Koněpruské Jeskyně (Koněprusy Caves)

Last weekend, we took the train southwest of Prague to Beroun and then a 15-minute bus ride to Koněprusy Caves, a series of caves discovered in the '50s and since opened to the public. We went with a few members of the Prague Branch -- it was really helpful to travel with Czechs, so they could help us get where we were going -- and went on a tour through the caves. I don't have pictures because taking photos cost extra and we're cheap. They probably wouldn't have been great, anyway, and you can see photos on the website linked above.

My favorite part of the tour was the last cave, which was used in the 1500s to forge counterfeit Czech coins. Someone needs to write a historical novel about that!

After the tour, we walked 7 kilometers (almost 4.5 miles) to Srbsko and caught the train back to Prague. I know that looks like a scary Czech word, with all those consonants, but you just pronounce all the letters -- it sounds like "Serbsko" with a rolled "r." There are some difficult-to-pronounce words in Czech, but some of the consonant-heavy ones are actually really easy.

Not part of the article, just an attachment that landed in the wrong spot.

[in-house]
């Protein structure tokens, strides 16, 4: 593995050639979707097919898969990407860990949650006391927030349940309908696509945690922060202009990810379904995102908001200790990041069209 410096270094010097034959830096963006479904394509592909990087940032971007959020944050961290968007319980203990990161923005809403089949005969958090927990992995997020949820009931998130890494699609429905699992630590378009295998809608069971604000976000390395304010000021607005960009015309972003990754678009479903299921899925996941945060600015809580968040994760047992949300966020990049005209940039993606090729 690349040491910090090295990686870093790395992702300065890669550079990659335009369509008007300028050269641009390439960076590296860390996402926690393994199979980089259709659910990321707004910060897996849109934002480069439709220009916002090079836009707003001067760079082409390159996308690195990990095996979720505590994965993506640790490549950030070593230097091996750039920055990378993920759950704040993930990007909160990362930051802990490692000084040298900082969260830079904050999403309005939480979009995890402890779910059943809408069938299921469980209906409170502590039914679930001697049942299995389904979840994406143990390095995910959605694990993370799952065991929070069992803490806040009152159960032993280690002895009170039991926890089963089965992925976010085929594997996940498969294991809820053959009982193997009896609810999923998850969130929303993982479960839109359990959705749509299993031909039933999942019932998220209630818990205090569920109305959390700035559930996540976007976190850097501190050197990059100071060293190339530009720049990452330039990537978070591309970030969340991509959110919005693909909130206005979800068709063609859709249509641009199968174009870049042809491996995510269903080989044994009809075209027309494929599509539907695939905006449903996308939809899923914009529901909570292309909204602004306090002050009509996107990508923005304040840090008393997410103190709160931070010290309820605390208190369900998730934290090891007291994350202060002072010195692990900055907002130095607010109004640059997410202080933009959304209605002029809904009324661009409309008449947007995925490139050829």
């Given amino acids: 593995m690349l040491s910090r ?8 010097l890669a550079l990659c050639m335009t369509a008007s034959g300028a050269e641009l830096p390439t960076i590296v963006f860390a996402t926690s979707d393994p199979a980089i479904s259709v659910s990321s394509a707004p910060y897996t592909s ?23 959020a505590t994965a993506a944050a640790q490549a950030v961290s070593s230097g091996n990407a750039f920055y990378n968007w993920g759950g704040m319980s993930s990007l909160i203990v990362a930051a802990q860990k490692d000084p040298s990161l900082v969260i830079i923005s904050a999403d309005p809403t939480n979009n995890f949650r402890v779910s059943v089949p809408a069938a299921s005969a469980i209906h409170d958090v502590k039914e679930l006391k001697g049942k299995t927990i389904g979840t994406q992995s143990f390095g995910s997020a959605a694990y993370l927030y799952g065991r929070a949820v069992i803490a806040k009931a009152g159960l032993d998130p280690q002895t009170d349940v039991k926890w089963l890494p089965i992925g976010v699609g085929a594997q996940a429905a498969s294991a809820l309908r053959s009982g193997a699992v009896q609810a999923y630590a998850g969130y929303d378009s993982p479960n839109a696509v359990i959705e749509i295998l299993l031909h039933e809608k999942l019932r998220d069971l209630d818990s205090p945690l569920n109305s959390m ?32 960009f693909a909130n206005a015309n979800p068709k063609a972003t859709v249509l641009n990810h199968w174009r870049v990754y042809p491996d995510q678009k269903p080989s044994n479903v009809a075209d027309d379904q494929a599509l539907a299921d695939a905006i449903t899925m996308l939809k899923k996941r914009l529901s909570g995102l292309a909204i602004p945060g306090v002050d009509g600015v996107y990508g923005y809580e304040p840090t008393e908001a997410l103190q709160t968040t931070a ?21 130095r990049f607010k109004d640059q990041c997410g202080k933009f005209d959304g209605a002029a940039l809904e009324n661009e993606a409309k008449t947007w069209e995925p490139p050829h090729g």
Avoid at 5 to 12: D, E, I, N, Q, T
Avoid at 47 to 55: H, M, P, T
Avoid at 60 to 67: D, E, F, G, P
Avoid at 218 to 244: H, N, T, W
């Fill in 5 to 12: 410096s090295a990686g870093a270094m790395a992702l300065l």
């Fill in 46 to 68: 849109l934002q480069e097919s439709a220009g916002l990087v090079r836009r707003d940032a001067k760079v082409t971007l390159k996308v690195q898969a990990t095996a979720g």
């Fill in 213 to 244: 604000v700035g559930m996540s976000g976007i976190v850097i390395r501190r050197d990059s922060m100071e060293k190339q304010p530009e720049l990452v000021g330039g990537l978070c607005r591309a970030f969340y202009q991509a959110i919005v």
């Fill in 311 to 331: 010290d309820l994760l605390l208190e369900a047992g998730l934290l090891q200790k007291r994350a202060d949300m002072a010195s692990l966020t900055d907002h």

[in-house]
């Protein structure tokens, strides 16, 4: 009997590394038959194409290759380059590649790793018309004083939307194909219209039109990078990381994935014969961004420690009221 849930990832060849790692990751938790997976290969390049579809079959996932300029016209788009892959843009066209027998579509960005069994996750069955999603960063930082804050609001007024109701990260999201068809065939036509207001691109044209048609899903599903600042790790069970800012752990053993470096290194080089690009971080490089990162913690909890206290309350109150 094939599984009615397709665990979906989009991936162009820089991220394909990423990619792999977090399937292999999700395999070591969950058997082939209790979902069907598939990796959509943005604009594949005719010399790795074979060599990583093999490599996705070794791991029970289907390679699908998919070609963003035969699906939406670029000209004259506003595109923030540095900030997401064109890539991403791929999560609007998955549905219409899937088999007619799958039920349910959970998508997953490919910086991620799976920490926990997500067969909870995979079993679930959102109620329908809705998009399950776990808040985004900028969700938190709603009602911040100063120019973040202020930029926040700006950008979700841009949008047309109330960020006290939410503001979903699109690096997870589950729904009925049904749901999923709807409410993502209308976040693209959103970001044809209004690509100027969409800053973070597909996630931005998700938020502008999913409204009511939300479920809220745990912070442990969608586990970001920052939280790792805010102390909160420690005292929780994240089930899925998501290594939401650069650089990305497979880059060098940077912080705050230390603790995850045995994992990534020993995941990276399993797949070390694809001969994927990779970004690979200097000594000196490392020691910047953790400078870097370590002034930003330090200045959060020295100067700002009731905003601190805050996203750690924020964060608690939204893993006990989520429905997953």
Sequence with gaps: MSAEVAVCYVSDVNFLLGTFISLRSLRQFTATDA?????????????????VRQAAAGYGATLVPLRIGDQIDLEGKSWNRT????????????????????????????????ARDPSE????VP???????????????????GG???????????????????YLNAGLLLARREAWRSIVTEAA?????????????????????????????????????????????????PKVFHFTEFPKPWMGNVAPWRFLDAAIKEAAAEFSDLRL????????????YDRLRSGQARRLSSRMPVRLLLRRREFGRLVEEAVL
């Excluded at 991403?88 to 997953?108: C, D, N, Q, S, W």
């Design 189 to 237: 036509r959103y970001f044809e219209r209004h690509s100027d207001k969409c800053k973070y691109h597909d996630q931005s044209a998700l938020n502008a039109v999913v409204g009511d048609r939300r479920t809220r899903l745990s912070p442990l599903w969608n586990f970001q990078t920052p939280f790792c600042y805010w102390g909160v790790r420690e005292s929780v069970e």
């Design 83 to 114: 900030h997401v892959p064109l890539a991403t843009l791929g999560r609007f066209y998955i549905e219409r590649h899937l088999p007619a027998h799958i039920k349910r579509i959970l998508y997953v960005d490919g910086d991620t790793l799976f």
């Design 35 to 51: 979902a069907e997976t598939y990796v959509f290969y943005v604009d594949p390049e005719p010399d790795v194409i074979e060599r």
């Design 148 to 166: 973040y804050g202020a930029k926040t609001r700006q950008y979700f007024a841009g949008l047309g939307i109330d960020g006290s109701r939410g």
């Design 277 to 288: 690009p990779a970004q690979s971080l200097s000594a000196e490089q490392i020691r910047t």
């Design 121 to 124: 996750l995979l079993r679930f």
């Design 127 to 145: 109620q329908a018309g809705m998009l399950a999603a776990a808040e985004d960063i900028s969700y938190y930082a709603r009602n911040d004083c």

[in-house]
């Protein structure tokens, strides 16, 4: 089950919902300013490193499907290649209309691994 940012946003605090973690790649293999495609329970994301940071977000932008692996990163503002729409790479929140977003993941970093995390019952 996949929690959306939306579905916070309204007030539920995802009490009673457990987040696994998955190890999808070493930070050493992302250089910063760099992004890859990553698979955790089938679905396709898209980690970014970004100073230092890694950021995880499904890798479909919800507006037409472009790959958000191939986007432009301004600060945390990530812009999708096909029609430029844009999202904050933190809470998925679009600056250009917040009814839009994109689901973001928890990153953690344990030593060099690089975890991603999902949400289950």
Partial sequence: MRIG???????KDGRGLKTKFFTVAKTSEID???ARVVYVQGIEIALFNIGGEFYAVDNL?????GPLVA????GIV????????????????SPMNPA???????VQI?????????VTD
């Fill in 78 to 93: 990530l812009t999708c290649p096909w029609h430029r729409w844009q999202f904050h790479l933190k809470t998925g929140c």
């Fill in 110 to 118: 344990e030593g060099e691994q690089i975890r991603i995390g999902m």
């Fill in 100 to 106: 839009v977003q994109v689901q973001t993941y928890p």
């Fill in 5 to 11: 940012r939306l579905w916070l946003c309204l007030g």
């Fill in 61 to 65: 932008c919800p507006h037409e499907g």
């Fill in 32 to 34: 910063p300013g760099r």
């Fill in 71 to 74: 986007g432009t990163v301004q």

It was a beautiful fall day, sunny and breezy, warm in the sun and a little bit cold in the shade. The Czech Republic has public footpaths similar to the ones we loved in the UK, and it was a wonderful walk through farming country, villages, and forest. It was awesome to be out in the clear country air after a couple of months in the city!

The colored glass window at the Beroun train station:

Phin and Jacob outside the caves before the tour:

Jacob, Phin, and Seth on top of the cave exit:

Our whole group with friends from church:

I love walking through people's fields.

Small houses on the edge of a forested area.

I liked this stone house. Or maybe it's a barn.

Our walk through a village neighborhood:

In Srbsko we came to the beautiful Berounka River and saw some people out with their horses:

We walked across the bridge over the Berounka River and watched a group of kids dressed in traditional Czech dress singing and dancing to Czech songs as part of a village celebration of St. Wenceslas Day and Czech Statehood Day. The kids, ranging in age from about 4 to 18, sang and danced and accompanied themselves on double bass, violins, French horn, clarinet, piccolo, and a bagpipe-like instrument made from a goat skin with a carved-wood goat head on it. They sang, played, and danced with a lot of confidence and ease and sounded fantastic.


Post a Comment

Popular posts from this blog

Cicely, Alaska (Roslyn, Washington)

Table Mountain hike

Halfway point